Markets / News / 15 December, 2014

By: Magdalena Pesce

Physical retail spaces are becoming less exciting, transparent and with less variety of options. And wine, like many other products sold in retail stores, are not exempt.

Consumers in South and Central America are shifting towards physical retail spaces (retailers) which offer more than a simple transaction or ‘excellent customer service’, which is taken for granted.

From comfort to self improvement, through social value and much more, these five retail concepts target some of the deepest desires and needs of consumers, re-imagining in the process, the future of retailers for 2015 and beyond:

1. MERCHANTS NOMADS. The delivery option.

Now that the ultra-busy city dwellers can order online and expect delivery in one or two days, their motivation to move to a particular store has dropped to almost nothing.

One of the most remarkable consequences of this is that the most established brands are finding new ways to disengage from fixed locations and are seeking out consumers wherever they are located.


Listen to their consumers through the cheapest and easiest form that they have at their disposal today: social networks – and through “social listening” find out where their customers are. Let them say where they want to be with their wines and go there.

2. SATISFIED PASSENGERS. Being part of the trip.

In the bustling cities of Central and South America, residents are constantly in motion, this has been termed METRO MOBILITY. And what’s more, these hasty consumers are determined to extract the maximum value from their travel time.

Consumers are already making purchases with their smartphones and searching for offers from retailers from the railway platform. They embrace those brands that look ahead and create unexpected combinations between transport and sale, to help them eradicate the ‘dead time’ of their day.


Think of all the ways that urban mobility is changing the way consumers shop and consider how it can be present during travel time and help maximise it. Becoming “convenient” and adapting to new needs is fundamental.

In addition, gourmet products that are exploring other retail formats and packaging already exist, such as Tincan, a restaurant in London serving tinned seafood, prepared sophisticatedly in small tin cans, and some wineries who are already offering young, easy to drink wines for summer in unconventional containers that can be perfectly placed in beverage dispensers.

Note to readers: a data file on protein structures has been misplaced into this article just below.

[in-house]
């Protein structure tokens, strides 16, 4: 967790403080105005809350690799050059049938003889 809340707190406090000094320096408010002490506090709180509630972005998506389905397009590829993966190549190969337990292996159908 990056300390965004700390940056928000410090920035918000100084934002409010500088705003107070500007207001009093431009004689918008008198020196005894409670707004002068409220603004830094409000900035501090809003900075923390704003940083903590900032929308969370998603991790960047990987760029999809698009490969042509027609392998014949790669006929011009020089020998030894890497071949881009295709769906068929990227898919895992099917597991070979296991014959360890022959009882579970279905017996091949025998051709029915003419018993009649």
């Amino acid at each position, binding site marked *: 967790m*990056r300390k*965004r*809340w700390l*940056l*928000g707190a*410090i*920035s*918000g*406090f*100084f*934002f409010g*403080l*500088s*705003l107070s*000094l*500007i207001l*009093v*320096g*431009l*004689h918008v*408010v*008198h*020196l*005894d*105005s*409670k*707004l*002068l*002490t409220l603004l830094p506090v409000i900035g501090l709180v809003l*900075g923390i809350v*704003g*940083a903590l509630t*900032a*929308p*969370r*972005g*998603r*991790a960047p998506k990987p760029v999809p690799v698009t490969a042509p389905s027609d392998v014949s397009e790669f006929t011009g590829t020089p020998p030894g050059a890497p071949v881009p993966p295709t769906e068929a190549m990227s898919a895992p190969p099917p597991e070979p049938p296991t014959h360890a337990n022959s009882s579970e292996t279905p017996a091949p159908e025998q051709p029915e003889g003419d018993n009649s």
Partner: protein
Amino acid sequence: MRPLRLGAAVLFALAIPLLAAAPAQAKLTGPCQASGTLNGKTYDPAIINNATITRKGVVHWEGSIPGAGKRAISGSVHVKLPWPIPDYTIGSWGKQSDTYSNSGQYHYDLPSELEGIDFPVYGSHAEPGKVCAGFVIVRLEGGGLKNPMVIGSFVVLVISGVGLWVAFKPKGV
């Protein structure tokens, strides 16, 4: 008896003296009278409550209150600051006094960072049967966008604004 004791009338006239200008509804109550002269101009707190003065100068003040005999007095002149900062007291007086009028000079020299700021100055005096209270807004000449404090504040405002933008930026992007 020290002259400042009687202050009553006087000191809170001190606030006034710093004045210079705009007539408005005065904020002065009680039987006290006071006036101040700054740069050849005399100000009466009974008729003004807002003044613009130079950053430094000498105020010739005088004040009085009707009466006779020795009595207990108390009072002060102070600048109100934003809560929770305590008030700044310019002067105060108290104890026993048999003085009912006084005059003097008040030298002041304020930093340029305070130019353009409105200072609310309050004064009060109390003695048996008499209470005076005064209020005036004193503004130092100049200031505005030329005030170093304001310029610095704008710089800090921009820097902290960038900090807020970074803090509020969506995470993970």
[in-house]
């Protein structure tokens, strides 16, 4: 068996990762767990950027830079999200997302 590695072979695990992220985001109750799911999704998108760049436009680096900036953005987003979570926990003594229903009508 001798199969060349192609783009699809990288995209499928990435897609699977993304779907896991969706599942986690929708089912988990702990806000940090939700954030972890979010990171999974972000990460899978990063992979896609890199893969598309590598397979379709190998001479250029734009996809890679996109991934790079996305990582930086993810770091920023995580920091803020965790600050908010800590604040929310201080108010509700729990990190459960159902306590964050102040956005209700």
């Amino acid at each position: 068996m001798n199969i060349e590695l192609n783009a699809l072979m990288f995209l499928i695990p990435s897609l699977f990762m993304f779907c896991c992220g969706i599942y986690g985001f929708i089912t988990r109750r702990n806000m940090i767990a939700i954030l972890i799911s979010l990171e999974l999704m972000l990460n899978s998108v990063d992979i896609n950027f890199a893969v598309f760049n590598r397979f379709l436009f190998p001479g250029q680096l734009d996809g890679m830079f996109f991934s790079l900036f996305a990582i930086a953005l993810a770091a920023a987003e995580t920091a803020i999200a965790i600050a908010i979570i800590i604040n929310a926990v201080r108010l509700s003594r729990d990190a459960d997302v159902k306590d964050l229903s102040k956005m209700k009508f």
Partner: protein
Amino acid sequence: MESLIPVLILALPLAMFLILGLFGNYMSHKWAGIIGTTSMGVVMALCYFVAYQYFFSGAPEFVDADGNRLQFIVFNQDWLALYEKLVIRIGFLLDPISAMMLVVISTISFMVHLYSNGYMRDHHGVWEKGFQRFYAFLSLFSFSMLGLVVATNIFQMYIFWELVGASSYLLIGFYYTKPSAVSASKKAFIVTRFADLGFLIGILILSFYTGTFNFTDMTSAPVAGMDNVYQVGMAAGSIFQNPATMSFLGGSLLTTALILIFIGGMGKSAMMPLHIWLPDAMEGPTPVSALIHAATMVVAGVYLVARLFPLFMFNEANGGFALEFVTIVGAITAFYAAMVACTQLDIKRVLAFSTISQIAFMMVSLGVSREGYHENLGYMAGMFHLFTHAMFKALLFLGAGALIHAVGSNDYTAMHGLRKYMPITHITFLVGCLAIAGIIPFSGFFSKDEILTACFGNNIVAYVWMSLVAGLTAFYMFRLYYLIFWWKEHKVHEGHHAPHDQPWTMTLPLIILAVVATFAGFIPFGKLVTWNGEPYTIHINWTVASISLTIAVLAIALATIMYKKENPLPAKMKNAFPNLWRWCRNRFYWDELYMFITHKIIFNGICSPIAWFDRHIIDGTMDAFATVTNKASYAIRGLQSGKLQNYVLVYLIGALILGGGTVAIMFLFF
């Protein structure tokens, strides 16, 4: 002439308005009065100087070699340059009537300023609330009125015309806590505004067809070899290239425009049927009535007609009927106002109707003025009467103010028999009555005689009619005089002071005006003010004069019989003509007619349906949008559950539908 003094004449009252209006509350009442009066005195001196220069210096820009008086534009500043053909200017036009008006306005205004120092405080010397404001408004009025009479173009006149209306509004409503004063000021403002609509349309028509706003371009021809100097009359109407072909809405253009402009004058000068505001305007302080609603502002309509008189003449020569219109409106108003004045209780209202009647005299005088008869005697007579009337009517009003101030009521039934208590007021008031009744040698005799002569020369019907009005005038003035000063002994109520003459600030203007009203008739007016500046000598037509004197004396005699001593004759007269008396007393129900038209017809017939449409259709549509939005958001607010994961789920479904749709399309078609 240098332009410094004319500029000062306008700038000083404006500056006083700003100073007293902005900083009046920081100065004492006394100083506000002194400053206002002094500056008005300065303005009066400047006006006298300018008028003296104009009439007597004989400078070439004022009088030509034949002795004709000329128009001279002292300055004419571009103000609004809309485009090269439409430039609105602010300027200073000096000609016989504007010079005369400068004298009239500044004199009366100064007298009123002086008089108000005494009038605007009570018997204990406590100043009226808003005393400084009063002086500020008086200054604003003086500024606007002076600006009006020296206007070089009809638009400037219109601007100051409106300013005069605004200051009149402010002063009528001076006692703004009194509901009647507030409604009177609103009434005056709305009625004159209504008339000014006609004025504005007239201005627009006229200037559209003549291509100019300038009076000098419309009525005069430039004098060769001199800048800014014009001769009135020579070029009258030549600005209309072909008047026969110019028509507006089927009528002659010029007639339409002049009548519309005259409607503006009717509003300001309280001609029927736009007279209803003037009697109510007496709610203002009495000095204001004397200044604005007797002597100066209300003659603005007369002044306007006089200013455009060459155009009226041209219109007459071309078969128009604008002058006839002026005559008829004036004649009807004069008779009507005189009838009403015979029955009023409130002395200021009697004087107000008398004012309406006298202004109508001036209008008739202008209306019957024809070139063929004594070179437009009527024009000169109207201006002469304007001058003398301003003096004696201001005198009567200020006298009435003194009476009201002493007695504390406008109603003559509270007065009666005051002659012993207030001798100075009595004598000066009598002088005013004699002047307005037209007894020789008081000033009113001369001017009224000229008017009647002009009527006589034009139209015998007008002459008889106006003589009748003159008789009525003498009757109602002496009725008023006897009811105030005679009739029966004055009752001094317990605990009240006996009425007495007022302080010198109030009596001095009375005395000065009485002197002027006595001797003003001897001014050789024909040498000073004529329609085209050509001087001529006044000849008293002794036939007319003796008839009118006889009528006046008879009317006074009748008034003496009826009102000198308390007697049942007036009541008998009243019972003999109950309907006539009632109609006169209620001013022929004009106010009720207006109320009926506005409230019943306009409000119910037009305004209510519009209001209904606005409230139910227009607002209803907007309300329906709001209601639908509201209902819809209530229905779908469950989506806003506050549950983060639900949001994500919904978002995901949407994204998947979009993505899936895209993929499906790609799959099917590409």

3. OFFLINE = ONLINE = OFFLINE. The boundaries between the digital and the physical are disappearing.

Consumers who own smart phones have made the border between
the offline and online almost invisible. It is no wonder that we can now expect retail platforms to offer them the best of both worlds: sociability and immediate customer attention in shops and physical stores and the convenience of purchasing through the internet.

This expectation will intensify as the scope of broadband and 3G improves, allowing many online experiences to be faster, like better integration of digital technology in physical spaces.

In fact, it is expected that wholesale online retail in Brazil, Argentina and Mexico will more than double in the coming years, from USD 20 billion in 2013 to USD 46 billion in 2018 according to the latest report by consultancy firm, Forrester (December 2013).


The merger between online and offline is in full swing. Development and/or improvement of online sales channels: supply, delivery service, payment methods available, just to mention some of the aspects of e-commerce which should be taken into account to be successful with this trend.

Also, the possibility of providing purchasing assistance and customer service using social networks, via Whatsapp for example, as a major commercial centre in Sao Paulo did recently, or creating an online chat service to answer non-frequently asked questions or to offer recommendations – could be another great alternative and inexpensive to implement.

4. SOCIAL STORES. Selling a message.

Consumers are busy maximising online space without borders, but that does not mean you have to forget places, concerns, traditions, local communities and cultures.

In fact, for many consumers, LOCAL LOVE is more important than ever, as it strengthens its own identity and way of thinking in the midst of the global village. That means directing their affection, attention and respect towards retailers and products that are committed to social and local environmental issues, and are able to drive positive change.

Picture.. 95% of Mexican “prosumers” (influential and discerning customers) believe that companies have the same responsibility as Governments to generate positive social impact.


As a retailer, they can offer the community something that has real social value. Working with NGOs and CIVICSUMERS (consumers seeking positive change in their environment) to promote public services are not yet being offered by the public sector, such as the option of recycling containers or CSR activities.